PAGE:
A long transmission line draws a
substantial quantity of charging current. If such a line is open circuited or
very lightly loaded at the receiving end the voltage at receiving end may
become greater than voltage at sending end. This is known as Ferranti Effect
and is due to the voltage drop across the line inductance being in phase with
the sending end voltages. Therefore both capacitane and inductance is responsible
to produce this phenomenon .

The capacitance
and charging current is negligible in short line but significant in medium line
and appreciable in in long line by equivalent π model

It is
proportional to the square of lengths of lines, that is, ∆V α kx2

, where x is the
length of line and k is a constant for all voltage levels

In
general practice we know, that for all electrical systems electric current
flows from the region of higher potential to the region of lower potential, to
compensate for the electrical potential
difference that exists in the system. In all practical cases the sending
end voltage is higher than the receiving end, so electric current flows from
the source or the supply end to the load. But Sir S.Z. Ferranti, in the year
1890, came up with an astonishing theory about medium distance transmission line or long distance transmission linessuggesting that in
case of light loading or no load operation of transmission system, the
receiving end voltage often increases beyond the sending end voltage, leading
to a phenomena known as Ferranti effect in power system.

Why Ferranti Effect
occurs in a Transmission Line?

A long transmission line can be
considered to composed a considerably high amount of capacitance and inductance
distributed across the entire length of the line. Ferranti Effect occurs when
current drawn by the distributed capacitance of the line itself is greater than
the current associated with the load at the receiving end of the line( during
light or no load). This capacitor charging current leads to voltage drop across
the line inductance of the transmission system which is in phase with the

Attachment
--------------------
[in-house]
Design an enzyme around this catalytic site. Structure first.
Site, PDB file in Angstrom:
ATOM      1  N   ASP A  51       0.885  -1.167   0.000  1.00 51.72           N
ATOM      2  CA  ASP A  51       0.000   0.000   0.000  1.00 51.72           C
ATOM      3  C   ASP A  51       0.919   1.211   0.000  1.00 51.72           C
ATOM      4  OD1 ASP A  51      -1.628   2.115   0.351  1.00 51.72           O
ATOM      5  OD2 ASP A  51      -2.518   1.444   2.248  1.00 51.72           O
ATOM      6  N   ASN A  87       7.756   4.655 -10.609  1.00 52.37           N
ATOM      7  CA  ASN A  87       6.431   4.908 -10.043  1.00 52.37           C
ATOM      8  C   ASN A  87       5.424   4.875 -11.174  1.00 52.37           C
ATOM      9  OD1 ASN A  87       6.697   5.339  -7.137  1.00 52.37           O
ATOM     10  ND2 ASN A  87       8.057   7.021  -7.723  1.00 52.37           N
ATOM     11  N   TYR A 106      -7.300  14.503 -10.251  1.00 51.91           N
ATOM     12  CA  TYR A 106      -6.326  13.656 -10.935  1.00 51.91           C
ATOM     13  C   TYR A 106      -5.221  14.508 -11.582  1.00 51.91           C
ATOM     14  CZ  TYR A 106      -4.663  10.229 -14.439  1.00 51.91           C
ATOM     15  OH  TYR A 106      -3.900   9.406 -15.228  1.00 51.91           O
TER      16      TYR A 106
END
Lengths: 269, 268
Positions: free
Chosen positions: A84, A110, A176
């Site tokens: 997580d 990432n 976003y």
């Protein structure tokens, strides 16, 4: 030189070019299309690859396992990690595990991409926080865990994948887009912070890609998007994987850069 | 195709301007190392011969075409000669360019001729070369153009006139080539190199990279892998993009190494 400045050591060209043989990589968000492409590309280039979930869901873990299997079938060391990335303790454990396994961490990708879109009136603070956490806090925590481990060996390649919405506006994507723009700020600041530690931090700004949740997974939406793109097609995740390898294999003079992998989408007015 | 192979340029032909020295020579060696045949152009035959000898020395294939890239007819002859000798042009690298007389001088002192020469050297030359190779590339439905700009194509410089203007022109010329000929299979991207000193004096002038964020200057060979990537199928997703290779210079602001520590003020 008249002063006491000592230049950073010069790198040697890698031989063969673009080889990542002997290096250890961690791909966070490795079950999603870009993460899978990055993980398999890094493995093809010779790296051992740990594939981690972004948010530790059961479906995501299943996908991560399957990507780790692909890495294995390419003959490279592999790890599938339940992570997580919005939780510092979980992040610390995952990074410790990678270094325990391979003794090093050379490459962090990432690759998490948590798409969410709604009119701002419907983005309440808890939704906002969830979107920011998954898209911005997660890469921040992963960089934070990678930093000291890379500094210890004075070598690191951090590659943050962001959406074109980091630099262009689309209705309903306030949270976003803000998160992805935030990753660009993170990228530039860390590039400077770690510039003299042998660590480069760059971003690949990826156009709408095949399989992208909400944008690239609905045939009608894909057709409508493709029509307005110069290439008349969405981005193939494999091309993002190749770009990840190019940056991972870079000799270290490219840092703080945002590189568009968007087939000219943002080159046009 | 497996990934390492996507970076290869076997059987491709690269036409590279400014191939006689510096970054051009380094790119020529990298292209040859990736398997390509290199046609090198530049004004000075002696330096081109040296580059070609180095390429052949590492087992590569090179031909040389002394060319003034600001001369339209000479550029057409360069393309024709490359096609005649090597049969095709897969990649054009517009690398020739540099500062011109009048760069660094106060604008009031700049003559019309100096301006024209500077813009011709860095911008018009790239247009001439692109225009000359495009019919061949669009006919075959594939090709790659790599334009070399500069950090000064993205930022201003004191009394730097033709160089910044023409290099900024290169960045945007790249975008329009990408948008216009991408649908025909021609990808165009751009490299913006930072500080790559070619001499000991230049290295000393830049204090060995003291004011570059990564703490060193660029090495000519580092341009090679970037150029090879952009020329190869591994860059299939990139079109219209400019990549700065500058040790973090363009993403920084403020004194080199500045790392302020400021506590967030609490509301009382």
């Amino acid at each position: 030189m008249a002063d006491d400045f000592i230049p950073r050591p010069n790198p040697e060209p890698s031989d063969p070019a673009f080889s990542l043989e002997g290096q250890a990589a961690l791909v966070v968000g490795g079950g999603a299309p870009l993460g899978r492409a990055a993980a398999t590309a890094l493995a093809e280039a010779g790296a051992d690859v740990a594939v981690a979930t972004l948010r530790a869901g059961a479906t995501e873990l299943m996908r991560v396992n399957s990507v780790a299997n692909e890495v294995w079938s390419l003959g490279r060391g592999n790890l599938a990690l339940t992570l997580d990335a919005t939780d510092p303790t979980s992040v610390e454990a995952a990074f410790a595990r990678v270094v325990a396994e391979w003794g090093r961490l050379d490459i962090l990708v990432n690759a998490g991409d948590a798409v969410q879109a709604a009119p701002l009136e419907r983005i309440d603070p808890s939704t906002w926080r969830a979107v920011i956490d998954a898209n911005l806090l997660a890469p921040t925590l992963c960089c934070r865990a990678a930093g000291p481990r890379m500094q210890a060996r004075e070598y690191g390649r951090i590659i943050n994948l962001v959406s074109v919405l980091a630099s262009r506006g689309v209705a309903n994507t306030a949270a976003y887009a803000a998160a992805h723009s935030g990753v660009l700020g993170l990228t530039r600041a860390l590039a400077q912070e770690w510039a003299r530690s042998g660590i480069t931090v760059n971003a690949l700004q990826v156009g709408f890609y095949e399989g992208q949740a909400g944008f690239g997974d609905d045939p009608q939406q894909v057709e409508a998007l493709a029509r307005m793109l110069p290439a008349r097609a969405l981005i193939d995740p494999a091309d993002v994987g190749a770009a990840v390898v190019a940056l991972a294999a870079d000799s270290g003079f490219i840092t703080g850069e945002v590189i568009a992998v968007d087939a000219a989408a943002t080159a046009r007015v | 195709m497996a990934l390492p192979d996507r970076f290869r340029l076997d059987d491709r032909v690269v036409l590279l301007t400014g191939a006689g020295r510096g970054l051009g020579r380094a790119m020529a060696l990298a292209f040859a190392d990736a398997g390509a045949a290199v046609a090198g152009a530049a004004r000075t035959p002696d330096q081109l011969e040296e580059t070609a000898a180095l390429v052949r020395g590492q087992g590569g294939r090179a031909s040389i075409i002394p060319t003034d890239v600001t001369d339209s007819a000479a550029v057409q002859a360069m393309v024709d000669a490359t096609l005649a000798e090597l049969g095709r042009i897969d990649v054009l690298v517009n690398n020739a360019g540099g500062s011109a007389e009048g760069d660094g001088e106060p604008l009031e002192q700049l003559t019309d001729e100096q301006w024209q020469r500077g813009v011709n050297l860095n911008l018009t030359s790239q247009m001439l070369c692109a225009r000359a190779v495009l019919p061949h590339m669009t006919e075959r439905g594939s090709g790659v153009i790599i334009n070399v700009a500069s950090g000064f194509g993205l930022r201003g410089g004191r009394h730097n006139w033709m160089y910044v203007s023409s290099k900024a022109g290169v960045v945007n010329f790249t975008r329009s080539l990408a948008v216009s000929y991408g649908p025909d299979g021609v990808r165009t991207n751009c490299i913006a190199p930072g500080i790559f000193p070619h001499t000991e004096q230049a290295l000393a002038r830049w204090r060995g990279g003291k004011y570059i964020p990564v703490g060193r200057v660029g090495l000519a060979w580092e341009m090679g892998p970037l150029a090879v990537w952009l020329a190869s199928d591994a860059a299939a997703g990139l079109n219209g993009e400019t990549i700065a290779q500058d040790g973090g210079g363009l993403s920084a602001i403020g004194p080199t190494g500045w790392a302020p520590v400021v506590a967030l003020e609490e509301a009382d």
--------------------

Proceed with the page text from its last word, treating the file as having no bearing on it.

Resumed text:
sending end voltages. This voltage drop keeps on increasing additively as we
move towards the load end of the line and subsequently the receiving end
voltage tends to get larger than applied voltage leading to the phenomena
called Ferranti effect in power system. It is illustrated with the help of a
phasor diagram below.

Thus both the capacitance and inductance effect
of transmission line are equally responsible for this particular phenomena to
occur, and hence Ferranti effect is negligible in case of a short transmission lines as the
inductance of such a line is practically considered to be nearing zero. In
general for a 300 Km line operating at a frequency of 50 Hz, the no load
receiving end voltage has been found to be 5% higher than the sending end
voltage.

Now for analysis of Ferranti effect let us
consider the phasor diagrame shown above.

Here V

_{r}is considered to be the reference phasor, represented by OA.
This is represented by the phasor OC.

Now in case of a long transmission line, it has been
practically observed that the line electrical resistance is negligibly small
compared to the line reactance, hence we can assume the length of the phasor I

_{c}R = 0, we can consider the rise in the voltage is only due to OA - OC = reactive drop in the line.
Now if we consider c

_{0}and L_{0}are the values of capacitance and inductance per km of the transmission line, where l is the length of the line.
Since, in case of a long transmission line, the capacitance is
distributed throughout its length, the average current flowing is,

Thus the rise in voltage due to line inductance
is given by,

From the above equation it is absolutely
evident, that the rise in voltage at the receiving end is directly proportional
to the square of the line length, and hence in case of a long transmission line it keeps
increasing with length and even goes beyond the applied sending end voltage at
times, leading to the phenomena called Ferranti effect in power system.

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